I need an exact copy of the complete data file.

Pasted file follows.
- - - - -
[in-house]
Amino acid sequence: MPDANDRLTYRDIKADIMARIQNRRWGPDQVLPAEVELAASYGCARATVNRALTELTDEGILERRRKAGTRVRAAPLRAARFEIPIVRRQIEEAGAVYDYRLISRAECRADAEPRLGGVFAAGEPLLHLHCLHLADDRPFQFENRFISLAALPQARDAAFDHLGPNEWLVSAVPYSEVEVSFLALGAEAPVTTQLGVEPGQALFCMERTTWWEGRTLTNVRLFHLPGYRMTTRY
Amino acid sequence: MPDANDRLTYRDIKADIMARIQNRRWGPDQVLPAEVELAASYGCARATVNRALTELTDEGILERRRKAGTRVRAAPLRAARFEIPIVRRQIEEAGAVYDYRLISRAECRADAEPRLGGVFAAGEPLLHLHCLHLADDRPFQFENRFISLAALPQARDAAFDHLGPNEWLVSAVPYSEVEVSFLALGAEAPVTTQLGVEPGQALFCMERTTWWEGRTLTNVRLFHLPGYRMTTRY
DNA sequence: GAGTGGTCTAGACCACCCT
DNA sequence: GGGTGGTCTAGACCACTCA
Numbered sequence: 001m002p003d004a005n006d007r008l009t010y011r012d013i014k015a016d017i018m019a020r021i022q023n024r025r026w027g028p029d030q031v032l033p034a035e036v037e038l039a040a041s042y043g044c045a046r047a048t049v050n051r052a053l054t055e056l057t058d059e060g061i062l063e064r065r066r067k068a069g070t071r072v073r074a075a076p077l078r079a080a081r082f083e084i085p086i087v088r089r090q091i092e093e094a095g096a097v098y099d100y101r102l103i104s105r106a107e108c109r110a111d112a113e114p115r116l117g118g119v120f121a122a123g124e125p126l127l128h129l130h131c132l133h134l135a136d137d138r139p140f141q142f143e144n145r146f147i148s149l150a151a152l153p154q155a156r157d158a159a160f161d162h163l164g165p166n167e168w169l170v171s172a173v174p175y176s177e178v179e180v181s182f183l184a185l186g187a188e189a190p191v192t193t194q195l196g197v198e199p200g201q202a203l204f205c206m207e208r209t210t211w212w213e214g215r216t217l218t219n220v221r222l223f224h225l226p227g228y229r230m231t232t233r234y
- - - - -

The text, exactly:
[in-house]
Amino acid sequence: MPDANDRLTYRDIKADIMARIQNRRWGPDQVLPAEVELAASYGCARATVNRALTELTDEGILERRRKAGTRVRAAPLRAARFEIPIVRRQIEEAGAVYDYRLISRAECRADAEPRLGGVFAAGEPLLHLHCLHLADDRPFQFENRFISLAALPQARDAAFDHLGPNEWLVSAVPYSEVEVSFLALGAEAPVTTQLGVEPGQALFCMERTTWWEGRTLTNVRLFHLPGYRMTTRY
Amino acid sequence: MPDANDRLTYRDIKADIMARIQNRRWGPDQVLPAEVELAASYGCARATVNRALTELTDEGILERRRKAGTRVRAAPLRAARFEIPIVRRQIEEAGAVYDYRLISRAECRADAEPRLGGVFAAGEPLLHLHCLHLADDRPFQFENRFISLAALPQARDAAFDHLGPNEWLVSAVPYSEVEVSFLALGAEAPVTTQLGVEPGQALFCMERTTWWEGRTLTNVRLFHLPGYRMTTRY
DNA sequence: GAGTGGTCTAGACCACCCT
DNA sequence: GGGTGGTCTAGACCACTCA
Numbered sequence: 001m002p003d004a005n006d007r008l009t010y011r012d013i014k015a016d017i018m019a020r021i022q023n024r025r026w027g028p029d030q031v032l033p034a035e036v037e038l039a040a041s042y043g044c045a046r047a048t049v050n051r052a053l054t055e056l057t058d059e060g061i062l063e064r065r066r067k068a069g070t071r072v073r074a075a076p077l078r079a080a081r082f083e084i085p086i087v088r089r090q091i092e093e094a095g096a097v098y099d100y101r102l103i104s105r106a107e108c109r110a111d112a113e114p115r116l117g118g119v120f121a122a123g124e125p126l127l128h129l130h131c132l133h134l135a136d137d138r139p140f141q142f143e144n145r146f147i148s149l150a151a152l153p154q155a156r157d158a159a160f161d162h163l164g165p166n167e168w169l170v171s172a173v174p175y176s177e178v179e180v181s182f183l184a185l186g187a188e189a190p191v192t193t194q195l196g197v198e199p200g201q202a203l204f205c206m207e208r209t210t211w212w213e214g215r216t217l218t219n220v221r222l223f224h225l226p227g228y229r230m231t232t233r234y